example, contrasting exponential growth, polynomial growth, and
logarithmic growth.)
Continuity as a property of functions.
An intuitive understanding of continuity. (Close values of domain lead to
close values of the range.)
Understanding continuity in terms of limits.
Geometric understanding of graphs of continuous functions (Intermediate
Value Theorem and Extreme Value Theorem).
Concept of the derivative.
Derivative presented geometrically, numerically, and analytical.
Derivative interpreted as an instantaneous rate of change.
Derivative defined as the limit of the difference quotient.
Relationship betwee differentiability and continuity.
Derivative at a point.
Slope of a curve at a point. Examples are emphasized, including points at
which are no tangents.                                               Tangent
line to a curve at a point and local linear approximations.
Instantaneous rate of change as the limit of average rate of change.
Approximate rate of change from graphs and tables of values.
Applications of derivative with regart to displacement, velocity and
acceleration, and speed
Computation of derivatives.
Knowledge of derivatives of basic functions, including power, exponential,
logarithmic, trigonometric, and inverse trigonometric functions.
Basic rules for the derivative of sums, products, and quotients of functions.
Chain rule and implicit differentiation.
Numerical approximations to definite integrals. Use of Riemann and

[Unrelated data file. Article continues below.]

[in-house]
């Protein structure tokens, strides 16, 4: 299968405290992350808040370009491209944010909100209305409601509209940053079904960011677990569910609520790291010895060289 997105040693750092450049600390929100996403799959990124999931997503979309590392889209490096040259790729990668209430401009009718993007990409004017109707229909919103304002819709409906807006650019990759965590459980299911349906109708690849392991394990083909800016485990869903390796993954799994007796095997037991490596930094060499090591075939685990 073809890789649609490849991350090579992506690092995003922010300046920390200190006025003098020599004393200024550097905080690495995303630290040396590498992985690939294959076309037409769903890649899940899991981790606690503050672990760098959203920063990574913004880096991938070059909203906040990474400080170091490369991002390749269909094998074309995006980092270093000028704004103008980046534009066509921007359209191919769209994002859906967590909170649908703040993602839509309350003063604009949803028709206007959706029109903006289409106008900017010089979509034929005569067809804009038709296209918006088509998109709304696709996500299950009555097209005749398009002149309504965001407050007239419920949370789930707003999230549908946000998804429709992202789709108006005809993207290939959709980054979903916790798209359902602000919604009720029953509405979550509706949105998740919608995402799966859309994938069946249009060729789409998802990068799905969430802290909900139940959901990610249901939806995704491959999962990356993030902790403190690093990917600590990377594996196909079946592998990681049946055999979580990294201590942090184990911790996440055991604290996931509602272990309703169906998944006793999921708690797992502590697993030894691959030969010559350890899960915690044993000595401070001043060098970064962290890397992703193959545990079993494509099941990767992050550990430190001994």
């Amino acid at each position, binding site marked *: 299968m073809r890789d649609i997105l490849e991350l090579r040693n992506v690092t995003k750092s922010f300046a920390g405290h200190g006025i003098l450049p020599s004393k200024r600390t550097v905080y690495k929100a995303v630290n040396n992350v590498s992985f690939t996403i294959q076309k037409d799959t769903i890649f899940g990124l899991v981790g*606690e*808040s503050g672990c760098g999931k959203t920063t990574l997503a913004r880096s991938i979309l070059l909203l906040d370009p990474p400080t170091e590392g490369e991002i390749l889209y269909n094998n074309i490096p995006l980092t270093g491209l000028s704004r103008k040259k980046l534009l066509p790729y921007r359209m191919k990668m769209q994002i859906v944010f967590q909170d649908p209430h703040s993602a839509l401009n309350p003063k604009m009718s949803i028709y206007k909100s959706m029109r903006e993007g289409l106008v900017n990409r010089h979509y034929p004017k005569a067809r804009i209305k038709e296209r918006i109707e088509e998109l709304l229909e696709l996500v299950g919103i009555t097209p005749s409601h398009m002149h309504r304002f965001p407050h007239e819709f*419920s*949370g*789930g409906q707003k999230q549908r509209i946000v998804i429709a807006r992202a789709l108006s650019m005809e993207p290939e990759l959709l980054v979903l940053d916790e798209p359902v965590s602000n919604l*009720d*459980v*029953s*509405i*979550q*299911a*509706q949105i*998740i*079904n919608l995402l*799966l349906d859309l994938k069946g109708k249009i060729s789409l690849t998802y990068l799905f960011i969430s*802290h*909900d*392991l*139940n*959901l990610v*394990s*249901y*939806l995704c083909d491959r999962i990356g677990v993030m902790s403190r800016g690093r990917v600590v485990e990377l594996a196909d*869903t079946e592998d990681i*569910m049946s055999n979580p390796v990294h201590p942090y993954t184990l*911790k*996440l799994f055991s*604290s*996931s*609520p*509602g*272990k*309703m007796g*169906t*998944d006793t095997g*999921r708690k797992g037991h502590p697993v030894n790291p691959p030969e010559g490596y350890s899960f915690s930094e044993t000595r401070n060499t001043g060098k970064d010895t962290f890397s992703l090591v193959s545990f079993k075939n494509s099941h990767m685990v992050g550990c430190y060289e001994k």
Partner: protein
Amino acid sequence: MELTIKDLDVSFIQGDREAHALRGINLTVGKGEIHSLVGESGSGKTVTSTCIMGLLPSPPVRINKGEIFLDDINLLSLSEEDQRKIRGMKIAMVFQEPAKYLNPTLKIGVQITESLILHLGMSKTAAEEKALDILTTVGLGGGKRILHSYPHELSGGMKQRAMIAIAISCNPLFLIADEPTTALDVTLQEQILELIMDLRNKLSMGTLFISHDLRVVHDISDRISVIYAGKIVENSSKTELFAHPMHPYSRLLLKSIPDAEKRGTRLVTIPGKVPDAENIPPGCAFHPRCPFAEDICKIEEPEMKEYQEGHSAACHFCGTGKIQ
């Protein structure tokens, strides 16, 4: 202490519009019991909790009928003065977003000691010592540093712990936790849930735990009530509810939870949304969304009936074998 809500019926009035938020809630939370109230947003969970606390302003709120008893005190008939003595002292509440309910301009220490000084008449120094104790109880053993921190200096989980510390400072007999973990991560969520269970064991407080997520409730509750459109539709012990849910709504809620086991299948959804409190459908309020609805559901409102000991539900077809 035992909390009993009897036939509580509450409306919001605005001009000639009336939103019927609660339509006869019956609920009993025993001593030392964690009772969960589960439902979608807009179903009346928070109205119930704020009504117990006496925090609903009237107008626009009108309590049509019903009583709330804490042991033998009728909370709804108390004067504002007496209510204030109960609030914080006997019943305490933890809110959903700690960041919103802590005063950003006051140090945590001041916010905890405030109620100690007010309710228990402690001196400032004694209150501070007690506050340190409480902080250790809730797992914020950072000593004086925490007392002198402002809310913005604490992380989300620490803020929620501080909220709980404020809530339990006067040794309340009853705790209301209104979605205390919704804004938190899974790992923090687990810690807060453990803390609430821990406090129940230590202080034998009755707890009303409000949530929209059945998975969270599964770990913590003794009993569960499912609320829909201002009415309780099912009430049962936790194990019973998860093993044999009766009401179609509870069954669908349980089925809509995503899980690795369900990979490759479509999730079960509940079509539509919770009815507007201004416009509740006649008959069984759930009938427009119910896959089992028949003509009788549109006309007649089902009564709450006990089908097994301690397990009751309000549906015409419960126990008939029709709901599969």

trapezoidal sums to approximate definite integrals of functions represented
algebraically, geometrically, and by tables of values.
Fundamental Theorem of Calculus.
Use of the Fundamental Theorem to evaluate definite integrals.
Use of the Fundamental Theorem to represent a particular antiderivative,
and the analytical and graphical analysis of functions so defined.
Expectations & Standards
Techniques of antidifferentiation.
Antiderivatives following directly from derivatives of basic functions.
Antiderivatives by substitution of variables (including change of limits for
definite integrals).
Applications of antidifferentiation.
Finding specific antiderivatives using initial conditions, including
applications to motion along a line.
Solving separable differential equations and using them in modeling. In
particular, studying the equation y ' = ky and exponential growth.
Derivative as a function.
Corresponding characteristics of graphs of f and f' .
Relationship between the increasing and decreasing behavior and the sign